That was my point exactly
From: Paul Tomkins (tomkinsp_at_iinet.net.au)
Date: Thu, 7 Oct 2004 07:05:28 +1000
>> Assume that both the message that you want to encrypt and the key you are
>> using are both English sentences or English words.
> Well, that's all well and good, but that violates the requirement that the
> key is truly random. Moreover, it says that you know something about the
> plaintext that is not evident from the ciphertext.
My point was that you can't use English words of sentences as keys in a
OTP-type cipher because that violates the requirement that the key is truly
random. (I am in perfect agreement with you.) I then preceded to show how to
crack a OTP-type cipher that did use English words or sentences as the key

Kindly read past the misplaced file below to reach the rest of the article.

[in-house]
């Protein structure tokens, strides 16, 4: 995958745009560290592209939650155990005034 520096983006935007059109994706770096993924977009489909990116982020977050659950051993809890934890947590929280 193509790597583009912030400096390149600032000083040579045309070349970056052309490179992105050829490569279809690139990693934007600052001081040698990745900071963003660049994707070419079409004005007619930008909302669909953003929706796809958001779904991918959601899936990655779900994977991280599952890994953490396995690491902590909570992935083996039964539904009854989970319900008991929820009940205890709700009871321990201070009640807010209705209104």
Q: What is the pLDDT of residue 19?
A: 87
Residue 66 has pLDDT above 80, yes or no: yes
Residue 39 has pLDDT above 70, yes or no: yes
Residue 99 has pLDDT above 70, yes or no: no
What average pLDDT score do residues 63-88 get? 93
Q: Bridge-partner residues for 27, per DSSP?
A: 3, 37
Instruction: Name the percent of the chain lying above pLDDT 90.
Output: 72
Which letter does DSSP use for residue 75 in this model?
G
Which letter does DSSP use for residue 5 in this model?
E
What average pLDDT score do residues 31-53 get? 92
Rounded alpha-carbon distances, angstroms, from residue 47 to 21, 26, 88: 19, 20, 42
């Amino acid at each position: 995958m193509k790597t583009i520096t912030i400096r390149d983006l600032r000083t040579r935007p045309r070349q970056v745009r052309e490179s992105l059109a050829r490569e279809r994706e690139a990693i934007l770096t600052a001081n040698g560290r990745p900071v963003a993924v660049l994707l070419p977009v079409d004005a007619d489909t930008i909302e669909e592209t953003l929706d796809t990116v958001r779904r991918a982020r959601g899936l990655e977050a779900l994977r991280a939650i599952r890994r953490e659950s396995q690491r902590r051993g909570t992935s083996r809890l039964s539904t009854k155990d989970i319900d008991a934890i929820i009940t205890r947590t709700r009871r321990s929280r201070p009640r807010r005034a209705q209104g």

and how vulnerable such encryption is (hence my use of the phrase "Assume
that both the message and the key are English words or sentences.").
I was not saying that in general a OTP-type cipher would use an English word
or sentence as the key, that the cracker would therefore be able to use that
assumption, or that OTP-type ciphers are breakable because both the
ciphertext and key are English words or sentences.
A OTP-type cipher **must** use a random key in order to be secure. There was
a lot of talk of cats and dogs in posts so, even though a number of people
pointed this out in their posts, I was concerned that Gustavo may have held
and continued to hold the opinion that any key was acceptable even if it was